This post was co-written with Han Chen and Silvia Peng. The Paris Agreement provides momentum to shift global resources towards low-emission and climate-resilient development. Unfortunately, continued government financing for international coal projects undermines that goal. To address climate change, governments must shift international public finance toward smarter, sustainable options. Japan, which will host the 2016 G7 meeting soon, continues to be the worst offender when it comes to public financing for international coal projects, providing $22 billion from 2007 to 2015. Germany comes in second, providing $9 billion during the same period. Japan not only financed $1.4 billion in coal projects in 2015 but is considering nearly $10 billion in future coal projects. See here for more on Japan . Our analysis - co-written by the NRDC, World Wide Fund for Nature (WWF), Oil Change International (OCI), Kiko Network, Japan Center for a Sustainable Environment and Society (JACSES), and Friends of the Earth ...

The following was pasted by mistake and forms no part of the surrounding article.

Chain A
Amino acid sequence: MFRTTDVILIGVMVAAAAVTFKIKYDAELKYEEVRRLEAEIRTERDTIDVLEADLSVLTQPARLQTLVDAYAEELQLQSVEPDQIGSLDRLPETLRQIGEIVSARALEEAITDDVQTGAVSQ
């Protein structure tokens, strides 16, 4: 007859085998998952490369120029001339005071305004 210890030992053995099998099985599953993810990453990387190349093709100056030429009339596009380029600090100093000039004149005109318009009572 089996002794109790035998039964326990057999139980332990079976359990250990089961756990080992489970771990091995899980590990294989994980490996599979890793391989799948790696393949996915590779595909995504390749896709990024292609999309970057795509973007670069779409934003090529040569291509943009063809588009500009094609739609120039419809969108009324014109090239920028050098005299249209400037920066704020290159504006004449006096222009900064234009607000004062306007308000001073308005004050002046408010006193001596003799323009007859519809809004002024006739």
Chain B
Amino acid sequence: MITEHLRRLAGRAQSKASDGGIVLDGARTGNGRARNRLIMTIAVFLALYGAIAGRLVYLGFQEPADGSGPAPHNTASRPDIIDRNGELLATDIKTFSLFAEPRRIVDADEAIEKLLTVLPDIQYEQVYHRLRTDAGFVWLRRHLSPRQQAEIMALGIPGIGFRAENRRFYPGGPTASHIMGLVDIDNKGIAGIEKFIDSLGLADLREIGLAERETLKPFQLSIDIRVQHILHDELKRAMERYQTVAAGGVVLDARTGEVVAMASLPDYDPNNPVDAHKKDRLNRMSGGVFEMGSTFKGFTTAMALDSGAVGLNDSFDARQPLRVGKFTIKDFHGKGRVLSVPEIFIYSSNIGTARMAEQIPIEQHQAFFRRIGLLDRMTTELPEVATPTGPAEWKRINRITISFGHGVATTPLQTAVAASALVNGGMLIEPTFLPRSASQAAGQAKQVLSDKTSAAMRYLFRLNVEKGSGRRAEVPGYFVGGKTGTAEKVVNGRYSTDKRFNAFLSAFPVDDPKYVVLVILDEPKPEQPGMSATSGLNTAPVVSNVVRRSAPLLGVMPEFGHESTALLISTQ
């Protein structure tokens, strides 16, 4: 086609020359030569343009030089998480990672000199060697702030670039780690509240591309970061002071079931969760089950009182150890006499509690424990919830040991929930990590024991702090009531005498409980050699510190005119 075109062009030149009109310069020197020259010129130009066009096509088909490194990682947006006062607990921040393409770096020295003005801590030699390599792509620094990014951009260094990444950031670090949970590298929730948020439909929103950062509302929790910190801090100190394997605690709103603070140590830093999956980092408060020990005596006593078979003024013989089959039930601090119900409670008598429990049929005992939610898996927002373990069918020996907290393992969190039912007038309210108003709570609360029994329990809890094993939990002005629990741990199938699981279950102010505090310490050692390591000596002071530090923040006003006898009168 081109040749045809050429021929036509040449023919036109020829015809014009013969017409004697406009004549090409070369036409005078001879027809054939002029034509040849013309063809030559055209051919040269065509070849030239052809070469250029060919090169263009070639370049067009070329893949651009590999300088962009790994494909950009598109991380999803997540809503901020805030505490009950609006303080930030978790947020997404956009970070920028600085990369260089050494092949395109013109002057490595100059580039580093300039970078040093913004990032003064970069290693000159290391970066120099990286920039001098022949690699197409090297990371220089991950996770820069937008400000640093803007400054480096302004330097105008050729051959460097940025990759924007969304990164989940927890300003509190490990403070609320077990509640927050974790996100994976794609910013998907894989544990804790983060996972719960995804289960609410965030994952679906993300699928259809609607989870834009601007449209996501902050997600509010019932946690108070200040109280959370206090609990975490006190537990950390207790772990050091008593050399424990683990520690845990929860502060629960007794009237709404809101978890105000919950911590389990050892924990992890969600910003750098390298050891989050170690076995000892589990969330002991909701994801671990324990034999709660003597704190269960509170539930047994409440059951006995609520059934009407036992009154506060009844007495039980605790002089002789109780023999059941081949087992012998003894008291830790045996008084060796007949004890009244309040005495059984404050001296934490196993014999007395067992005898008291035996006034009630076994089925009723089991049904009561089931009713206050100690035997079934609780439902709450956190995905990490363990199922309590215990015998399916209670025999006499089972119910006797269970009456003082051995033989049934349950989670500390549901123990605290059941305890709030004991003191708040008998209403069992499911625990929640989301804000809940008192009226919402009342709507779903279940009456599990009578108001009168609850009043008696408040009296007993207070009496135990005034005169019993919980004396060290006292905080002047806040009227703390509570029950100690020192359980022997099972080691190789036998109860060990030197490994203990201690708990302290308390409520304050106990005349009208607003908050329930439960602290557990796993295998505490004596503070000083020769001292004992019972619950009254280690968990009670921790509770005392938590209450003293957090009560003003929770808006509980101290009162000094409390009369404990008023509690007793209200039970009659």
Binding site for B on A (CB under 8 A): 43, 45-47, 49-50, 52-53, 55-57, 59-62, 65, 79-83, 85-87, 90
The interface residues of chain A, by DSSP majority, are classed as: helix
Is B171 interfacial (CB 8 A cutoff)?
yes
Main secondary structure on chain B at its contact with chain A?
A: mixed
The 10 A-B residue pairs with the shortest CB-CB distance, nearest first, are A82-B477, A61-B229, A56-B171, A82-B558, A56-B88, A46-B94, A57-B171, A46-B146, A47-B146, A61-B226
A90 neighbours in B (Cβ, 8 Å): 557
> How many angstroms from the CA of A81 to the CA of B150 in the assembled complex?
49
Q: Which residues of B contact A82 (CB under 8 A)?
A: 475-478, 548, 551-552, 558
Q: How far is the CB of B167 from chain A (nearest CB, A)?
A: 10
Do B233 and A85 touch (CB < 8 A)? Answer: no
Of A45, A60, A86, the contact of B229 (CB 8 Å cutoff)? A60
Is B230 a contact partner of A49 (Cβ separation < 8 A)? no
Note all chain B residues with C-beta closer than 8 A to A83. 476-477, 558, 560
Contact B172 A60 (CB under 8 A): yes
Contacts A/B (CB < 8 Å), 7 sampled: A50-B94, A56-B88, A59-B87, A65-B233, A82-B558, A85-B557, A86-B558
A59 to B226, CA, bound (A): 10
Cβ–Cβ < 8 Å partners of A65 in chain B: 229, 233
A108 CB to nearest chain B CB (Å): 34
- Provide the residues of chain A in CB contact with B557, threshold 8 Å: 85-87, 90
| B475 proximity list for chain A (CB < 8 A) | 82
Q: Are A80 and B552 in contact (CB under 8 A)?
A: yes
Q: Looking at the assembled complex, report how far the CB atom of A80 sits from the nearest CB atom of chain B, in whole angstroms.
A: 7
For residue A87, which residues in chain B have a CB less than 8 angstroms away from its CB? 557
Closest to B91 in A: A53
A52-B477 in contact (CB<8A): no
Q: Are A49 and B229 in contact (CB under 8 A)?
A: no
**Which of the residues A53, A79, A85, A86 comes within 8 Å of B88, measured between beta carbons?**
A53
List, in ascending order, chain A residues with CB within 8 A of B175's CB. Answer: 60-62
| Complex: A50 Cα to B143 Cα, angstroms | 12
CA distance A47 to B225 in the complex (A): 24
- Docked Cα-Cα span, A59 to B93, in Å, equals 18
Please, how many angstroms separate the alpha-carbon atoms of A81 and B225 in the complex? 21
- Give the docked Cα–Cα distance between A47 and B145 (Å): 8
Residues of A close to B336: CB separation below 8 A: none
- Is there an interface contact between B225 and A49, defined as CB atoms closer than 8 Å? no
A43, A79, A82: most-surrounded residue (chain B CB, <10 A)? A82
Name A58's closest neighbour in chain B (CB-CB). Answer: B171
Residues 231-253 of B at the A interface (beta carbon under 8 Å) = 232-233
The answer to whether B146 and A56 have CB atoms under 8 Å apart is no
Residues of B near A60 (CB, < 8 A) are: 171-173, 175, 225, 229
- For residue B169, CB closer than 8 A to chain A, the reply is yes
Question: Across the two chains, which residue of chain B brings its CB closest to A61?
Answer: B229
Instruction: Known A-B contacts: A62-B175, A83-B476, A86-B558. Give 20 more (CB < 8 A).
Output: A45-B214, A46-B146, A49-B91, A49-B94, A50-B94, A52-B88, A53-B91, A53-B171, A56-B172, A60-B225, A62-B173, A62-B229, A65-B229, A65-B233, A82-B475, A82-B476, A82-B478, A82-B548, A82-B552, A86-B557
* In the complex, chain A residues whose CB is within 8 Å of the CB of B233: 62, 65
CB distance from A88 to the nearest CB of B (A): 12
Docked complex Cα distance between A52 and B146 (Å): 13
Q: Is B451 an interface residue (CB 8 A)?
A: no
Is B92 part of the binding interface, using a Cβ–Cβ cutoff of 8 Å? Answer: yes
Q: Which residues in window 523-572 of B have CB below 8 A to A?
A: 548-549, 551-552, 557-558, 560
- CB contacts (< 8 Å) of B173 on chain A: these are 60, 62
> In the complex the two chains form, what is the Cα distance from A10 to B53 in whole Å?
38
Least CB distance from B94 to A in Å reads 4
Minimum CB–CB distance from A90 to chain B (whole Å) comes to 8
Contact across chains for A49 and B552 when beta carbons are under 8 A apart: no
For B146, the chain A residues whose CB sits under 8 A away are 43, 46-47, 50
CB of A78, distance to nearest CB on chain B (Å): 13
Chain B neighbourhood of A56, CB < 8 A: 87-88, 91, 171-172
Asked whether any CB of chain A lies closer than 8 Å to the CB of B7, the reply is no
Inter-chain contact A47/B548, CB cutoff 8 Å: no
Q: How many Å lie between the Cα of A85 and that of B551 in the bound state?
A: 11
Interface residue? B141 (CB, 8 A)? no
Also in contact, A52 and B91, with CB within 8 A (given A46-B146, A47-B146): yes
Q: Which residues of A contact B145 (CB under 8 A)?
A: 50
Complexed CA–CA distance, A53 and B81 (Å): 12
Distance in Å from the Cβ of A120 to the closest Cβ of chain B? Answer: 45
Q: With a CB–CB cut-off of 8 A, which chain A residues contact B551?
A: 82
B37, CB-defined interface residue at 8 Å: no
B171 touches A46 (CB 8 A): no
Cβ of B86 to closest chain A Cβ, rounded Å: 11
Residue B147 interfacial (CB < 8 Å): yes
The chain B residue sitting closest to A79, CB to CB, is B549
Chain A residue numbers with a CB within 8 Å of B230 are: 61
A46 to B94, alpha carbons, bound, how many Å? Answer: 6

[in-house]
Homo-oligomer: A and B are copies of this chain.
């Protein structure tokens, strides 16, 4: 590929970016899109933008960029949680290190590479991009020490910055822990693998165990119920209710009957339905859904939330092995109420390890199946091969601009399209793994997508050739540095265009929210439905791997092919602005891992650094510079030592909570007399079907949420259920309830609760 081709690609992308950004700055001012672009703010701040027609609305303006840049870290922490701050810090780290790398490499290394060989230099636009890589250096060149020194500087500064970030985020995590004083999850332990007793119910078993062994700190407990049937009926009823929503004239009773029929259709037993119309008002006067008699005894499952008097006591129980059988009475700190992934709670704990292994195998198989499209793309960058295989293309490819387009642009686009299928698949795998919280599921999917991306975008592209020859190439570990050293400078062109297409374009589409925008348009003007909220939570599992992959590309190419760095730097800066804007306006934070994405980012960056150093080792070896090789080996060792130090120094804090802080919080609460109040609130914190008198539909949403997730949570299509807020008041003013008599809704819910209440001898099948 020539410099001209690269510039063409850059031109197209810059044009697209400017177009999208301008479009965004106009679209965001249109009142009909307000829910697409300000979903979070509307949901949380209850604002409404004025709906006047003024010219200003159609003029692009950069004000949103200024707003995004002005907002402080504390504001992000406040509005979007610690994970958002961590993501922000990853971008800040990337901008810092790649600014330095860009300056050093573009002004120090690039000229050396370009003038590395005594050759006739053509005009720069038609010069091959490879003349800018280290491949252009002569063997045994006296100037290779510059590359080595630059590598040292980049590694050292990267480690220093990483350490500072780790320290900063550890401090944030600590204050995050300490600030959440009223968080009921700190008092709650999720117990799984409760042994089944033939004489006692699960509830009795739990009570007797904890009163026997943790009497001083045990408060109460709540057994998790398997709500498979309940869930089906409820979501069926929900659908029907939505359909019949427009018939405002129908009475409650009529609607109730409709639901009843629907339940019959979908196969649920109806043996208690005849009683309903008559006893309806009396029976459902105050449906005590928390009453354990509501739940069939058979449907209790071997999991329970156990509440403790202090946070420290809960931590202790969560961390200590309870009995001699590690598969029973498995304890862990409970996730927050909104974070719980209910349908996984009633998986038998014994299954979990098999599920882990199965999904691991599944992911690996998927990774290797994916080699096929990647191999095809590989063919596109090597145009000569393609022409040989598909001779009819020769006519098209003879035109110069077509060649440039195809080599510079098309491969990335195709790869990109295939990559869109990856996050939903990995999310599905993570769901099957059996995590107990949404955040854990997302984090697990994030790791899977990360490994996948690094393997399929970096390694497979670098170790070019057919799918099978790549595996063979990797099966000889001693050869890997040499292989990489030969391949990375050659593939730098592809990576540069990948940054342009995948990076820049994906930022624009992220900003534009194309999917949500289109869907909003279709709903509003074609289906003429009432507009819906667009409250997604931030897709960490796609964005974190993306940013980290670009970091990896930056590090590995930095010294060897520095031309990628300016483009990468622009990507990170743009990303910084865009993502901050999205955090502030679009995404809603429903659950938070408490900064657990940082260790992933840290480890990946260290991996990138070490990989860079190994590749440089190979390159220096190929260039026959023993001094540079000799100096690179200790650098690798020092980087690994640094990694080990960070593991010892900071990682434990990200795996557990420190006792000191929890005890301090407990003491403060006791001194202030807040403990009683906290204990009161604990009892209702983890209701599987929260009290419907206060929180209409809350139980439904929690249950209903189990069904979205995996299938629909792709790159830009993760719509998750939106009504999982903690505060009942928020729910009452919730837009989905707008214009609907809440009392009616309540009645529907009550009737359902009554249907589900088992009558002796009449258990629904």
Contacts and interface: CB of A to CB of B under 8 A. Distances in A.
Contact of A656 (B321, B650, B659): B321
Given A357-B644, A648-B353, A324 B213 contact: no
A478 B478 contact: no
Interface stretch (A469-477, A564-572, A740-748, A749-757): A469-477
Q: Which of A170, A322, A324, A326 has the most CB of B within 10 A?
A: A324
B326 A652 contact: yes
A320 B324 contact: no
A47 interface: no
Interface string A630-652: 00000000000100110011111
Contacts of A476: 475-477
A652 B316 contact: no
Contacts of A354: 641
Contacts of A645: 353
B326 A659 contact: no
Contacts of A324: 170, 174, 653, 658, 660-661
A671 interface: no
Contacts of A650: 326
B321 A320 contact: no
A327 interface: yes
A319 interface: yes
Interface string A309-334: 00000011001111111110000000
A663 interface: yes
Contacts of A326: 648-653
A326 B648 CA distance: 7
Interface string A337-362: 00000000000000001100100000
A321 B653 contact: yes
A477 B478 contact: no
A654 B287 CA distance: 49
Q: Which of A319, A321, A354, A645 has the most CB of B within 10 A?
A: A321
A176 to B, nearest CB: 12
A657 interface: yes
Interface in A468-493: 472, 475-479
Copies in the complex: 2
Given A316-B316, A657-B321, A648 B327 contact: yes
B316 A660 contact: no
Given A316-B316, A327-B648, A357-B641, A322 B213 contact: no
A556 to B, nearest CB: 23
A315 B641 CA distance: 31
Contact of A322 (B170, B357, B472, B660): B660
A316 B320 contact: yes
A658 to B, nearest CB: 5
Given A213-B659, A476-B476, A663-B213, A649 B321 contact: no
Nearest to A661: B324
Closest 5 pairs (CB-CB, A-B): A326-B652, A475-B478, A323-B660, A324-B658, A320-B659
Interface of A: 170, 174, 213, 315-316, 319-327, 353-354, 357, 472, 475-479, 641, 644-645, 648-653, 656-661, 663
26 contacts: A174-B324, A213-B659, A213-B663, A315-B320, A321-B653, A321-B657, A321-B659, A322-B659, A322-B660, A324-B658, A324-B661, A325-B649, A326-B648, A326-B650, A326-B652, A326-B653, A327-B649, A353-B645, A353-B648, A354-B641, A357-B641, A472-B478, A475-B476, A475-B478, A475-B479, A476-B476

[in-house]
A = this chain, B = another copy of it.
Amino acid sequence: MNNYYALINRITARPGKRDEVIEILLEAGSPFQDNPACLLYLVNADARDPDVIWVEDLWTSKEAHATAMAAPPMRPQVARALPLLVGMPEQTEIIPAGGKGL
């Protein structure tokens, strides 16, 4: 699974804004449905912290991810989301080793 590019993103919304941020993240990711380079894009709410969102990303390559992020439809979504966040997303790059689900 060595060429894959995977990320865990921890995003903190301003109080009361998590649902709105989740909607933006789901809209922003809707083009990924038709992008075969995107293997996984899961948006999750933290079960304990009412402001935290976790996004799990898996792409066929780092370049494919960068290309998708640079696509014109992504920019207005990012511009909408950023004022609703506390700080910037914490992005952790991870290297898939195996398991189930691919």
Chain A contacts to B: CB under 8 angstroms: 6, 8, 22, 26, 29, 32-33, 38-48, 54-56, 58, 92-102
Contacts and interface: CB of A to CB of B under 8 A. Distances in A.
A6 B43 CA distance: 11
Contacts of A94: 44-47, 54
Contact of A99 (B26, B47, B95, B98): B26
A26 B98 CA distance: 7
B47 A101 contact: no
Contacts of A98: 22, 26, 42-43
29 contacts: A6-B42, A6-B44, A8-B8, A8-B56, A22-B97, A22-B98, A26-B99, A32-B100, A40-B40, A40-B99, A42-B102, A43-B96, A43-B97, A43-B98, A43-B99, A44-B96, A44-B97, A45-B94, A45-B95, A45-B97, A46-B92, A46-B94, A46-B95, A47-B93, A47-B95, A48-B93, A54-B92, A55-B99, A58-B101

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Coal Baron Won't Get Charged For Allegedly Forcing Staff To Support GOP 24.5.2016 Green on HuffingtonPost.com
WASHINGTON -- Despite the fact that Federal Elections Committee staff found "reason to believe" that coal baron Robert Murray and his company violated federal law by "coercing" employees to donate to and support Republican candidates, the FEC will not pursue charges. The Cleveland Plain Dealer reported on the April FEC decision, which was made public last week. The commission's three Republican members voted against pursuing charges, preventing a probe from moving forward. During the 2012 election, Murray Energy workers in Beallsville, Ohio,  said they were required to attend a rally for Mitt Romney. Other staffers later said they were pushed to donate to Romney as well, according to reporting in The New Republic . Murray Energy is the largest coal mining company the country. Murray, its CEO, is a major Republican donor who also gave a tepid endorsement of Donald Trump  at a coal conference on Monday, according to SNL Financial. Murray reportedly said that Trump is" all we got" and would be "the horse to ...